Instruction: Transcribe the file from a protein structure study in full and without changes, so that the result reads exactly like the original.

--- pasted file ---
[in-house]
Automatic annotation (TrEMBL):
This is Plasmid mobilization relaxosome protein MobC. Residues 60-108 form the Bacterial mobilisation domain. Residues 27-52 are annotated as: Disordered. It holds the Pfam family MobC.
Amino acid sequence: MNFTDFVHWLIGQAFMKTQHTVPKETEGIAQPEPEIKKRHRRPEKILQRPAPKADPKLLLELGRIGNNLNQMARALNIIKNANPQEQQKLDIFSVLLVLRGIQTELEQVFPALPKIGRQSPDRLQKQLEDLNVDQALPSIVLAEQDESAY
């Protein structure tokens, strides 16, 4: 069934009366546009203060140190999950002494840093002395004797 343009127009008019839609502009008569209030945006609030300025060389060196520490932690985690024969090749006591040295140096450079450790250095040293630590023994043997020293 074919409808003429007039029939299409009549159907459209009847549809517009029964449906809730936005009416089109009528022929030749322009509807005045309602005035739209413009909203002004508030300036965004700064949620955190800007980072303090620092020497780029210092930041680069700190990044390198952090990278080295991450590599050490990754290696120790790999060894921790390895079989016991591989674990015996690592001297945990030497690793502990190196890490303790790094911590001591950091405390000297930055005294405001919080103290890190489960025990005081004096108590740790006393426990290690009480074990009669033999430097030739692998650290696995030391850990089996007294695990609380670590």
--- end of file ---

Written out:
[in-house]
Automatic annotation (TrEMBL):
This is Plasmid mobilization relaxosome protein MobC. Residues 60-108 form the Bacterial mobilisation domain. Residues 27-52 are annotated as: Disordered. It holds the Pfam family MobC.
Amino acid sequence: MNFTDFVHWLIGQAFMKTQHTVPKETEGIAQPEPEIKKRHRRPEKILQRPAPKADPKLLLELGRIGNNLNQMARALNIIKNANPQEQQKLDIFSVLLVLRGIQTELEQVFPALPKIGRQSPDRLQKQLEDLNVDQALPSIVLAEQDESAY
């Protein structure tokens, strides 16, 4: 069934009366546009203060140190999950002494840093002395004797 343009127009008019839609502009008569209030945006609030300025060389060196520490932690985690024969090749006591040295140096450079450790250095040293630590023994043997020293 074919409808003429007039029939299409009549159907459209009847549809517009029964449906809730936005009416089109009528022929030749322009509807005045309602005035739209413009909203002004508030300036965004700064949620955190800007980072303090620092020497780029210092930041680069700190990044390198952090990278080295991450590599050490990754290696120790790999060894921790390895079989016991591989674990015996690592001297945990030497690793502990190196890490303790790094911590001591950091405390000297930055005294405001919080103290890190489960025990005081004096108590740790006393426990290690009480074990009669033999430097030739692998650290696995030391850990089996007294695990609380670590």